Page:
When I “retired” four years ago, I didn’t retire from the law—I retired to write. When my father “retired,” he didn’t retire from the ministry—he retired to write his memoirs and work with his hands (he particularly enjoyed carpentry) and travel. When my mother “retired,” she didn’t retire from teaching—she retired to be his travel partner and to sing in two choirs and play handbells. And she wrote her memoirs, too.

My parents spent several winters volunteering at Xocenpich, Mexico, on the Yucatan Peninsula near Merida. They also took a number of trips to the Holy Land. My mother went on most of them, but the picture shows my father just before he left for the Middle East alone in the spring of 1992, when he was 81 years old. He planned to (and did) hike around the Holy Land with nothing except what he could fit into that backpack, and he grew the beard so that he didn’t have to worry about shaving.

Daddy lived to be 88 years old, and he didn’t slow down until the last year. Mama is 94 and is as active as her age allows her to be, attending church services at the assisted living facility, playing Bingo, reading, and traveling with her children—including a trip to Yellowstone National Park this past summer.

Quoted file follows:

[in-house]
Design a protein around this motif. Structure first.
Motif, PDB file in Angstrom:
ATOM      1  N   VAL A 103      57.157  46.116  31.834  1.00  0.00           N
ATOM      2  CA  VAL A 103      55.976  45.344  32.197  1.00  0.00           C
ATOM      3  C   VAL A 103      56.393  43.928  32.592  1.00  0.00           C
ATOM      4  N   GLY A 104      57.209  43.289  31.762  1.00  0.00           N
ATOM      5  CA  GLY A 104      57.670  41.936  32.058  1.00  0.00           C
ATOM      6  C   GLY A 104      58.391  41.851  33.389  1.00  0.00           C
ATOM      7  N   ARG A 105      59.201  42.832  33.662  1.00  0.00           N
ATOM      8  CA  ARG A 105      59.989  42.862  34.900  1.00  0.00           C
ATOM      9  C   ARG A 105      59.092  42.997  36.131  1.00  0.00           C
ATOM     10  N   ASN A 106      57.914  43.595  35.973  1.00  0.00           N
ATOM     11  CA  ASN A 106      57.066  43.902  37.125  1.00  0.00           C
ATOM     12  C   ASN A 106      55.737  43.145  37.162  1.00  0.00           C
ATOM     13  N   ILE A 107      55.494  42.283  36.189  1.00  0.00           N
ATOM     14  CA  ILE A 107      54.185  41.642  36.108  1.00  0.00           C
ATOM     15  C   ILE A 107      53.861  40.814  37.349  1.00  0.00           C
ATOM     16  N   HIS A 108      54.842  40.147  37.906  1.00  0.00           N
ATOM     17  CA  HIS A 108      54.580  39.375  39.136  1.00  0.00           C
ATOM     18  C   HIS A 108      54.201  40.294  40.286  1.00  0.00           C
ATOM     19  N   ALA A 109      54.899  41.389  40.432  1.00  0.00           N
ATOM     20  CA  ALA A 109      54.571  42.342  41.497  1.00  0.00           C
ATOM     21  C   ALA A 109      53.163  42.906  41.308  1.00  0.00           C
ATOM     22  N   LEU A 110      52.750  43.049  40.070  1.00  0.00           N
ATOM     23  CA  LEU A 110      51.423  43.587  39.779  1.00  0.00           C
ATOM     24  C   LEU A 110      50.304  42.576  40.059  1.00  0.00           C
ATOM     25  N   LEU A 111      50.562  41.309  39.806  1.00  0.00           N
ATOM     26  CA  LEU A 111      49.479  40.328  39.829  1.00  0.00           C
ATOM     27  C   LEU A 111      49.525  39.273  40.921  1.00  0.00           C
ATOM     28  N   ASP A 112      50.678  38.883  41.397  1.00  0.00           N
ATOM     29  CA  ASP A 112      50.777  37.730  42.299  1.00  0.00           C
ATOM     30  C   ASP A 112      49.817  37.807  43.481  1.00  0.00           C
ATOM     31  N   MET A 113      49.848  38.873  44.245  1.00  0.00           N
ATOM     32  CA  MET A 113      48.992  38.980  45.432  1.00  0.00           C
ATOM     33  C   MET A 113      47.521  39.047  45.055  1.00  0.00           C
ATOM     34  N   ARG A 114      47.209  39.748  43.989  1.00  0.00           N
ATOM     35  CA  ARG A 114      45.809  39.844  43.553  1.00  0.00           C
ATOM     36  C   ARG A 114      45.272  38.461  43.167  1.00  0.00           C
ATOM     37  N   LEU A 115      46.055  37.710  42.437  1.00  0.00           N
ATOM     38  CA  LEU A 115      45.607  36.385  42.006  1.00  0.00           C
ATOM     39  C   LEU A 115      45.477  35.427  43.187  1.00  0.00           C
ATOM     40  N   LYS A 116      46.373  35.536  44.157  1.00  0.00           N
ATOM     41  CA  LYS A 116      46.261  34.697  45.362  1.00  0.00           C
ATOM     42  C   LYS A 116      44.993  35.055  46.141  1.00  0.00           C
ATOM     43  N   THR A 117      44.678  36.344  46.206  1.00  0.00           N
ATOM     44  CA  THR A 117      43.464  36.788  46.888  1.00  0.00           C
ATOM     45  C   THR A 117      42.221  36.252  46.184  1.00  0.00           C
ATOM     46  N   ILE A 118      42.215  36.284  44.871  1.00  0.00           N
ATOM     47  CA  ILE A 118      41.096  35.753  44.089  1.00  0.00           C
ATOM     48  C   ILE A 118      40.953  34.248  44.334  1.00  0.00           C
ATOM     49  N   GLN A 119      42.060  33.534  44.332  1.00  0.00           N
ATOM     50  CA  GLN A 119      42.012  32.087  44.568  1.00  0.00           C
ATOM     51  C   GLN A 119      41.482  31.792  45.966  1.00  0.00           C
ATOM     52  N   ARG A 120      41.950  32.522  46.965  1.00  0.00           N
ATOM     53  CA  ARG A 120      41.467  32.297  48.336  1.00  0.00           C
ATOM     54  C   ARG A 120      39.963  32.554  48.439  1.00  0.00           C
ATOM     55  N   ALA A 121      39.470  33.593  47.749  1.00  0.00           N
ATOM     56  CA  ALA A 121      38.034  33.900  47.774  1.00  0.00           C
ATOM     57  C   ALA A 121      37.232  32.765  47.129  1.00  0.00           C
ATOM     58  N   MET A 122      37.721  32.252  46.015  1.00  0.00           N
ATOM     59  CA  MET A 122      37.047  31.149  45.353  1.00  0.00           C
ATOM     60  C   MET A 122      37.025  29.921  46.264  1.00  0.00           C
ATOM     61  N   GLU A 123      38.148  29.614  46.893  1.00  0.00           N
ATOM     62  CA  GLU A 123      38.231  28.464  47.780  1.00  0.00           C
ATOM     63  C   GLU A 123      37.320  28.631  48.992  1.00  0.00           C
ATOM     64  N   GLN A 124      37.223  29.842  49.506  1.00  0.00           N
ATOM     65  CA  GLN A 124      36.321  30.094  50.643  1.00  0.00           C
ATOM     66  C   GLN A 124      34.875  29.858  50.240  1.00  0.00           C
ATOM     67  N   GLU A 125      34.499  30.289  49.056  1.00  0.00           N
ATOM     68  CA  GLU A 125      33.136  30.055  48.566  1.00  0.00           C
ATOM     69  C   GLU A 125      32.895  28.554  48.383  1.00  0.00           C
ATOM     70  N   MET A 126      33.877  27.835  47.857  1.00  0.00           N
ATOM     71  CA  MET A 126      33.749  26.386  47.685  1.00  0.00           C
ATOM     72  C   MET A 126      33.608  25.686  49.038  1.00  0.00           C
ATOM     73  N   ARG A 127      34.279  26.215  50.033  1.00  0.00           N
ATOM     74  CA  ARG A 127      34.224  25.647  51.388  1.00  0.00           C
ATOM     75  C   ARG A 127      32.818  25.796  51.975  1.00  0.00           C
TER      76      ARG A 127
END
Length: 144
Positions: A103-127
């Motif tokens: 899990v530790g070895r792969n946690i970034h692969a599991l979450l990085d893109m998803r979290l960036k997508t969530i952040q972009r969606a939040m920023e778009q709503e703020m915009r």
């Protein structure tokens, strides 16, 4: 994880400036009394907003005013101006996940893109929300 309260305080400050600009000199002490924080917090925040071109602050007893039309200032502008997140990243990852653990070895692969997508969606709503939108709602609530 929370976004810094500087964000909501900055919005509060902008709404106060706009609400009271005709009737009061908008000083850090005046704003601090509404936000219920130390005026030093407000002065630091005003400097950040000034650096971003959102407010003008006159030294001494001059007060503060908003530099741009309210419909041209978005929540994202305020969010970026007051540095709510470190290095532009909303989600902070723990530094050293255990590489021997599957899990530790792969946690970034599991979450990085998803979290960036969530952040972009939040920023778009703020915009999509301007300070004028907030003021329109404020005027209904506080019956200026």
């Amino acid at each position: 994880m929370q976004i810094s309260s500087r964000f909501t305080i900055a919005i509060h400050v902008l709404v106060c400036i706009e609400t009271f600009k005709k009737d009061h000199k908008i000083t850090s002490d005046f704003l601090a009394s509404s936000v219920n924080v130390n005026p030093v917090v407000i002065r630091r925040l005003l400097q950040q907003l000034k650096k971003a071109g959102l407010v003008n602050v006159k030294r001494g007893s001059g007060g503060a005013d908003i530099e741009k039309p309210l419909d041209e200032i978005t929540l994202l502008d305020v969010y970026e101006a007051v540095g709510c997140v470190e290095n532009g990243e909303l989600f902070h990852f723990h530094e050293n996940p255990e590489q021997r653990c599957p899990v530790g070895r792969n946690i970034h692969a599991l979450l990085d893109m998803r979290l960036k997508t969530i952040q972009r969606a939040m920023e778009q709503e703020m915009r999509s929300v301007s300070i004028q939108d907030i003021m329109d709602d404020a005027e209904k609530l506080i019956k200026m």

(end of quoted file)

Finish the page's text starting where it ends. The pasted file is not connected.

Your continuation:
It’s okay to retire from a job. But it’s much better to retire to an active life.  

What's a Little Snow?

Monday, January 6, 2014

I grew up in Michigan’s Upper Peninsula and have spent most of my adult life in or around Chicago, so I’ve seen a lot of snow. This weekend’s ten inches barely counts.

Well, it did keep some people away from church and reduced our attendance by around half. It also got some of us talking about when it was appropriate to cancel church.

My father always said that he would have the worship service if there was even one person in the congregation. That was before e-mail and systems that shoot a message to multiple telephone numbers at once, so it wasn’t as easy to cancel church as it is these days. Still, I don’t think that was his reasoning. Daddy just couldn’t imagine denying anyone the fellowship and spiritual nourishment that comes with worship.

That’s what I missed after the blizzard of 1979. The picture shows my roommate standing in front of my car several days after the blizzard. I was living on the north side of Chicago and attending a church that was a 10-15 minute el (elevated train) ride away. But the el and most of the buses weren’t running, and I certainly wasn’t going to drive.

There was a church about six blocks from my apartment, so I called to confirm that it was still having a service. Then I started walking. No, not walking. I trudged through snow that was higher than my knees. Twenty minutes and two blocks later, I was exhausted. I also realized that church would be over by the time I made it.

I really had no choice but to turn around and go back, and I know that God understood why I wasn’t in church. But I knew something was missing, and I felt the void.

Church renews me and carries me through the week, so if I can make it, I will.

And ten inches is nowhere near enough to keep me away.